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distchan

Package distchan enables Go channels to be used for distributed computation.

NOTE: This library is very young, and as such its API is very much subject to change. Until this notice is removed, it should be assumed that the API is in an alpha state and subject to breakage. That said, the changes shouldn't be too drastic, and feedback is very much encouraged, so please give it a shot!

Why?

While Go's concurrency story around single-process data pipelines is great, its ability to distribute workloads across multiple machines is relatively lacking. There are several options here (notably glow and gleam), but they lack the type-safety and ease-of-use that Go's built-in channels provide.

How?

In a nutshell: standard net primitives, Gob encoding, and reflection.

Architecturally, the package assumes a client-server model of workload distribution. One server can have as many clients connected to it as you want, and work will be distributed across them using a simple round-robin algorithm.

Example

As a simple example, let's say that capitalizing letters in a string is very computationally expensive, and you want to distribute that work across a number of nodes. First, you'll need to create a server in charge of defining the work to be done:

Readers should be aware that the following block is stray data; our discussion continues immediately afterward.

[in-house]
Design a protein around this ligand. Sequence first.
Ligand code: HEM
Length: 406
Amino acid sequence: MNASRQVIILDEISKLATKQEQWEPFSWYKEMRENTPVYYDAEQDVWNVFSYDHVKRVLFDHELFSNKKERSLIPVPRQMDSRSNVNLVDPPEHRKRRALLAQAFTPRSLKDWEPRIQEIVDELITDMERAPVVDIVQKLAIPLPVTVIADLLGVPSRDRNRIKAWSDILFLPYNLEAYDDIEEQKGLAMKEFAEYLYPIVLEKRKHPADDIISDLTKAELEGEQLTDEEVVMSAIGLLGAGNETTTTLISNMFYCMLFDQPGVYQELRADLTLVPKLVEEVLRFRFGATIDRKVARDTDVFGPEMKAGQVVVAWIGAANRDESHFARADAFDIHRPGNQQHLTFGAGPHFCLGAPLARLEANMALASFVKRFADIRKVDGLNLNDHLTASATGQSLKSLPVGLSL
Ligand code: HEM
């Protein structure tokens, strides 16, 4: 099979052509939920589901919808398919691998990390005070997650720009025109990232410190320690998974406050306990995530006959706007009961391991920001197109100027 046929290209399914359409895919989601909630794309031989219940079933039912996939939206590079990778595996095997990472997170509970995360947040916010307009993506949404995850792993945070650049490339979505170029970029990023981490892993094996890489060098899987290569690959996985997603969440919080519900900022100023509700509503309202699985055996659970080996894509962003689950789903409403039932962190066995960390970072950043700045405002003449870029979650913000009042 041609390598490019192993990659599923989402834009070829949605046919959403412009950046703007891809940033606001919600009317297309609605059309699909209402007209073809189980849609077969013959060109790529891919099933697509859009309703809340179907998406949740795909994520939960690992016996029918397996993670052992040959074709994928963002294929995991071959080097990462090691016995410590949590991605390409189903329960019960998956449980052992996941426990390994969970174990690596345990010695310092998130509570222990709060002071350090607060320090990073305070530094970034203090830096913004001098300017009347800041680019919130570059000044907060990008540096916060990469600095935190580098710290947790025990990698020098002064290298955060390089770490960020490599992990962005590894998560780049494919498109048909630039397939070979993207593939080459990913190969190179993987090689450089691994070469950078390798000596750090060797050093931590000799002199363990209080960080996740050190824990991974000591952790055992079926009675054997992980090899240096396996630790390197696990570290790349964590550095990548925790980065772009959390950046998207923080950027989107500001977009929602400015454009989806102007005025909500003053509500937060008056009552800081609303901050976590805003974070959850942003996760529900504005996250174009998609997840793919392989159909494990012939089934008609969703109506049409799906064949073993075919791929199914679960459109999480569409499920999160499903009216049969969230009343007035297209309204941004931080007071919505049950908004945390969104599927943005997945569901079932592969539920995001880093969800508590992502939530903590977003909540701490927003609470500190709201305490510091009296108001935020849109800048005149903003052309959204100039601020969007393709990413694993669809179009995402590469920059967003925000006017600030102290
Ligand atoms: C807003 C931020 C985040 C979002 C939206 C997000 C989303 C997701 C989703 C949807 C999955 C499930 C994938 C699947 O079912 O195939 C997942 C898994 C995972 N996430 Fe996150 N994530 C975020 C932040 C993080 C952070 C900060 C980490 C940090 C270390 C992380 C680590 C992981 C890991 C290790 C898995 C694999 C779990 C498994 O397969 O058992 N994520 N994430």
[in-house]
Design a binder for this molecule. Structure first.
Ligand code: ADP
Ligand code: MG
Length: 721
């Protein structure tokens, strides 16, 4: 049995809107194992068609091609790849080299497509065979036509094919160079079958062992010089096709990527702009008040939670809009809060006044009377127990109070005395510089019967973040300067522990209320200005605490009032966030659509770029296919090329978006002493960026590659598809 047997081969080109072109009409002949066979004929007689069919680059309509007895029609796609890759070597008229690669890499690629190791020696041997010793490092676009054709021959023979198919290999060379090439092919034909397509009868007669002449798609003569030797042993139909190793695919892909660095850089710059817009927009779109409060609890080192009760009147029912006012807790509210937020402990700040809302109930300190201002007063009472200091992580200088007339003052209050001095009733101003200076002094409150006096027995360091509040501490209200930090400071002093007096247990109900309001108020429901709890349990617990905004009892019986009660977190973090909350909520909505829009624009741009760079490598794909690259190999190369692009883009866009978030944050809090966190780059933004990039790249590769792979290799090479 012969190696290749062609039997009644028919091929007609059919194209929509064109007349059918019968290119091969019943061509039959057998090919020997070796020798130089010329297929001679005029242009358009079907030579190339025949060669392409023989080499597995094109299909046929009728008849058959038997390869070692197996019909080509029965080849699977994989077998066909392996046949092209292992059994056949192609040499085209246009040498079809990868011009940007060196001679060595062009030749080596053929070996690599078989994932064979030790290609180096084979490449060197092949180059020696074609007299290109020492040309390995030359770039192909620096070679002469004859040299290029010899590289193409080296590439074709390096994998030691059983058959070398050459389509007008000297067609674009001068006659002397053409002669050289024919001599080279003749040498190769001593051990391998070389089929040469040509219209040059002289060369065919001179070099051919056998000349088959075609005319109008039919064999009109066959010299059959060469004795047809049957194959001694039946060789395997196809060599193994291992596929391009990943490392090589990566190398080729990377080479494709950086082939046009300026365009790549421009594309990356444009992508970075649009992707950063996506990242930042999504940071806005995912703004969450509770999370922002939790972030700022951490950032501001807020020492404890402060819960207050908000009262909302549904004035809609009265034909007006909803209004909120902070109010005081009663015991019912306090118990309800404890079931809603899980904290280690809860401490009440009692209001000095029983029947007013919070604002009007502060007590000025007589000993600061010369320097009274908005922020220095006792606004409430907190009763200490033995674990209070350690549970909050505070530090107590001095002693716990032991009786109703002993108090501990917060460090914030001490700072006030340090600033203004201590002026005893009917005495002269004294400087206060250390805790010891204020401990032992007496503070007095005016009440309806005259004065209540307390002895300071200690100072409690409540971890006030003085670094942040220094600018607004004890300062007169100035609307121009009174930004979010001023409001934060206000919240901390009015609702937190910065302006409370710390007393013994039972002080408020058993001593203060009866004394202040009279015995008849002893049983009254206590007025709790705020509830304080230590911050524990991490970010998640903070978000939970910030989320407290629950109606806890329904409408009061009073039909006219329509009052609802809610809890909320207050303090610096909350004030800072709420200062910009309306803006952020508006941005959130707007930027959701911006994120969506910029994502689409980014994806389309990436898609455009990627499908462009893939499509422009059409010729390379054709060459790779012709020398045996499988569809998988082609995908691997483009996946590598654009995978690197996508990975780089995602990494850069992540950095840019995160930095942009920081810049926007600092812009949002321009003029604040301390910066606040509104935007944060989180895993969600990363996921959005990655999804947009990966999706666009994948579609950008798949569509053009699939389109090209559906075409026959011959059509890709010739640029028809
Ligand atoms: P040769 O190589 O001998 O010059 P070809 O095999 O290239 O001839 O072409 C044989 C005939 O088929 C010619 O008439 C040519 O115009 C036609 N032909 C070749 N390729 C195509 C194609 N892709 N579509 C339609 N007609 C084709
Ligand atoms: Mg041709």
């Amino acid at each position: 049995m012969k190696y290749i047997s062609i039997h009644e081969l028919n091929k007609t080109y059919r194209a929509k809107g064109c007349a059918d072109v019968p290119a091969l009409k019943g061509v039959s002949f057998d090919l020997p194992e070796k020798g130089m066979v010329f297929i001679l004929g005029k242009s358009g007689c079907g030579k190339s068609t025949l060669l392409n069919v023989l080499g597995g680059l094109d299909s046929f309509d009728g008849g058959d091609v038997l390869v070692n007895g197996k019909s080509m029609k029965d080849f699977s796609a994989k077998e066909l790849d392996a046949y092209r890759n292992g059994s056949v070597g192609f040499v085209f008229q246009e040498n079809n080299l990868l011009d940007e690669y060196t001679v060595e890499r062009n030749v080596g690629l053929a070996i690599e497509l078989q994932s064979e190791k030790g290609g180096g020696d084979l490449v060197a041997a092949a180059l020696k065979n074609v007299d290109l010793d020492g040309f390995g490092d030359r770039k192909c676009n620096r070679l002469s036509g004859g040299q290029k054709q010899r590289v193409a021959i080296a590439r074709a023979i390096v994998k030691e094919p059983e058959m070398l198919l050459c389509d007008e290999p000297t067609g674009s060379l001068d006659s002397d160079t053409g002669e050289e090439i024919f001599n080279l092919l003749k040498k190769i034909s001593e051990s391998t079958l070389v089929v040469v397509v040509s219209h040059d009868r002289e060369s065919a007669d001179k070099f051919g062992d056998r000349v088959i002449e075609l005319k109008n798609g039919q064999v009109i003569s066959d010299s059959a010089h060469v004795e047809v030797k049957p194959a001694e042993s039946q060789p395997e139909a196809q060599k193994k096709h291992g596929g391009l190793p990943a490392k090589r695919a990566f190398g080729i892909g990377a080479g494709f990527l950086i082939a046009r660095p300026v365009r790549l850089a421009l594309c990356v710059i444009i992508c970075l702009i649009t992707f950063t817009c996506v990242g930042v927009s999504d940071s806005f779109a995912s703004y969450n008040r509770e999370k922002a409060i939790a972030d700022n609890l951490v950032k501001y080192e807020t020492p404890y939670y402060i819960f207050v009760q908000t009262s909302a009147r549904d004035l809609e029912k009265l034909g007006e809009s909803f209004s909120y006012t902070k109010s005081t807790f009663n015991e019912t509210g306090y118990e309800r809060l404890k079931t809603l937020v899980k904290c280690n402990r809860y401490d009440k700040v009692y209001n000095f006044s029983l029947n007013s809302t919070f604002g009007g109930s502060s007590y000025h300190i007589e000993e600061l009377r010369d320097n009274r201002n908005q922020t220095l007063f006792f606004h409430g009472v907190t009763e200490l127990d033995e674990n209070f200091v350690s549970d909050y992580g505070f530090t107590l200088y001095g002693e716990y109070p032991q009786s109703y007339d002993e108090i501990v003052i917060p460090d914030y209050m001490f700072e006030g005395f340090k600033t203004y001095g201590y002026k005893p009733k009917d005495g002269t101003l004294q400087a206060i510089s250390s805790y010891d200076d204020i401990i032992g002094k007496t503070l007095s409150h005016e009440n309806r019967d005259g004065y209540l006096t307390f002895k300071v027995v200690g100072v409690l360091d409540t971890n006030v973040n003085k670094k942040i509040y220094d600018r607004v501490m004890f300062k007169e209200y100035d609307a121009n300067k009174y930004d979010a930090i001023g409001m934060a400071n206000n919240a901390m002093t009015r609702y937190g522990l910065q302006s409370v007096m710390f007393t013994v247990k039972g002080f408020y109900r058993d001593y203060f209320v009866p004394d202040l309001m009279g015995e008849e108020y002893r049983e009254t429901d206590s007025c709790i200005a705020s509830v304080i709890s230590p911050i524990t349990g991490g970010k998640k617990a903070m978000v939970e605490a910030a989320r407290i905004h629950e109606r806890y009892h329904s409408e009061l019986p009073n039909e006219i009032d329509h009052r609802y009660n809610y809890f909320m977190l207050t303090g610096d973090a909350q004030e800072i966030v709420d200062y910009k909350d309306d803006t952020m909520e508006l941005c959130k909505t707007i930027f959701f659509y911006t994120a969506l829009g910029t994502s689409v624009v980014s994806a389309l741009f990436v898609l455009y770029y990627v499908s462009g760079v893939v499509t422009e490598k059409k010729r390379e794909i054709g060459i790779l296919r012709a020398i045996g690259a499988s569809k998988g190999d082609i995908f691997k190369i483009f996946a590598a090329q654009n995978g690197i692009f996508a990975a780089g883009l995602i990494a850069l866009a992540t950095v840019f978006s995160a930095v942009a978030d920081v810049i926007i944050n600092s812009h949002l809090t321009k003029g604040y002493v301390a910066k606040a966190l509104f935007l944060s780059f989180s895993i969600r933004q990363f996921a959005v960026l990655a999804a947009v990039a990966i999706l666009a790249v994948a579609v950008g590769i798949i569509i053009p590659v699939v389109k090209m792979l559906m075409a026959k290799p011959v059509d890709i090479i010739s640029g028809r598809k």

Server

package main

import (
	"log"
	"net"

	"github.com/dradtke/distchan"
)

func main() {
	ln, err := net.Listen("tcp", "localhost:5678")
	if err != nil {
		log.Fatal(err)
	}

	var (
		out       = make(chan string)
		in        = make(chan string)
		server, _ = distchan.NewServer(ln, out, in)
	)

	server.Start()
	server.WaitUntilReady() // wait until we have at least one worker available

	go producer(out)

	for s := range in {
		println(s)
	}
}

func producer(out chan<- string) {
	// send strings to be capitalized to out
	out <- "hello world"
	// don't forget to close the channel! this is how all connected
	// clients know that there's no more work coming.
	close(out)
}

Then you'll need to create a client, or worker. It's similarly easy to get wired up, so you can focus on the hard part: capitalizing strings:

Client

package main

import (
	"log"
	"net"
	"strings"

	"github.com/dradtke/distchan"
)

func main() {
	conn, err := net.Dial("tcp", "localhost:5678") // must be able to connect to the server
	if err != nil {
		log.Fatal(err)
	}

	var (
		out = make(chan string)
		in  = make(chan string)
	)

	client, _ := distchan.NewClient(conn, out, in)
	client.Start()

	// Loop over all input from the server...
	for input := range in {
		capitalized := strings.ToUpper(input)
		// ...and send the results back.
		out <- capitalized
	}

	close(out)
	<-client.Done()
}

Check out the example folder for more examples.